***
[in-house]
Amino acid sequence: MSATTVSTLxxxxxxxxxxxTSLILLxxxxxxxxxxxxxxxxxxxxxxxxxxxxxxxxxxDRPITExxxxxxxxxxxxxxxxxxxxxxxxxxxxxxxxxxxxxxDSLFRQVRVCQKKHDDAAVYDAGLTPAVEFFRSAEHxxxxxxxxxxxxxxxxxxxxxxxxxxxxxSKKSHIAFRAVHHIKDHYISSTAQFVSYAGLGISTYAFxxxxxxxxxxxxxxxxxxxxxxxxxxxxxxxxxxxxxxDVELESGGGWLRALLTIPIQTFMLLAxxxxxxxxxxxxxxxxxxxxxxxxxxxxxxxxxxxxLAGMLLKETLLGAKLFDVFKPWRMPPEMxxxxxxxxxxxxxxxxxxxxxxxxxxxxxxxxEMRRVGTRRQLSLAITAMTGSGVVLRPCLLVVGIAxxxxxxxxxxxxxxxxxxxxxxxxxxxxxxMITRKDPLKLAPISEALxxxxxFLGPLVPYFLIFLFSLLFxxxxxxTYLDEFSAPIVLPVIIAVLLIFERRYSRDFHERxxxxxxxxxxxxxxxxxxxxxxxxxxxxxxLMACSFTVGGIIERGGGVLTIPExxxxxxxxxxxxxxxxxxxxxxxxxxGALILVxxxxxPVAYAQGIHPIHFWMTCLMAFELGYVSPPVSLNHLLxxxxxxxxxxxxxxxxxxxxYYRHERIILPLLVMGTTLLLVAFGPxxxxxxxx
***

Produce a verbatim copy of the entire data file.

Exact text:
[in-house]
Amino acid sequence: MSATTVSTLxxxxxxxxxxxTSLILLxxxxxxxxxxxxxxxxxxxxxxxxxxxxxxxxxxDRPITExxxxxxxxxxxxxxxxxxxxxxxxxxxxxxxxxxxxxxDSLFRQVRVCQKKHDDAAVYDAGLTPAVEFFRSAEHxxxxxxxxxxxxxxxxxxxxxxxxxxxxxSKKSHIAFRAVHHIKDHYISSTAQFVSYAGLGISTYAFxxxxxxxxxxxxxxxxxxxxxxxxxxxxxxxxxxxxxxDVELESGGGWLRALLTIPIQTFMLLAxxxxxxxxxxxxxxxxxxxxxxxxxxxxxxxxxxxxLAGMLLKETLLGAKLFDVFKPWRMPPEMxxxxxxxxxxxxxxxxxxxxxxxxxxxxxxxxEMRRVGTRRQLSLAITAMTGSGVVLRPCLLVVGIAxxxxxxxxxxxxxxxxxxxxxxxxxxxxxxMITRKDPLKLAPISEALxxxxxFLGPLVPYFLIFLFSLLFxxxxxxTYLDEFSAPIVLPVIIAVLLIFERRYSRDFHERxxxxxxxxxxxxxxxxxxxxxxxxxxxxxxLMACSFTVGGIIERGGGVLTIPExxxxxxxxxxxxxxxxxxxxxxxxxxGALILVxxxxxPVAYAQGIHPIHFWMTCLMAFELGYVSPPVSLNHLLxxxxxxxxxxxxxxxxxxxxYYRHERIILPLLVMGTTLLLVAFGPxxxxxxxx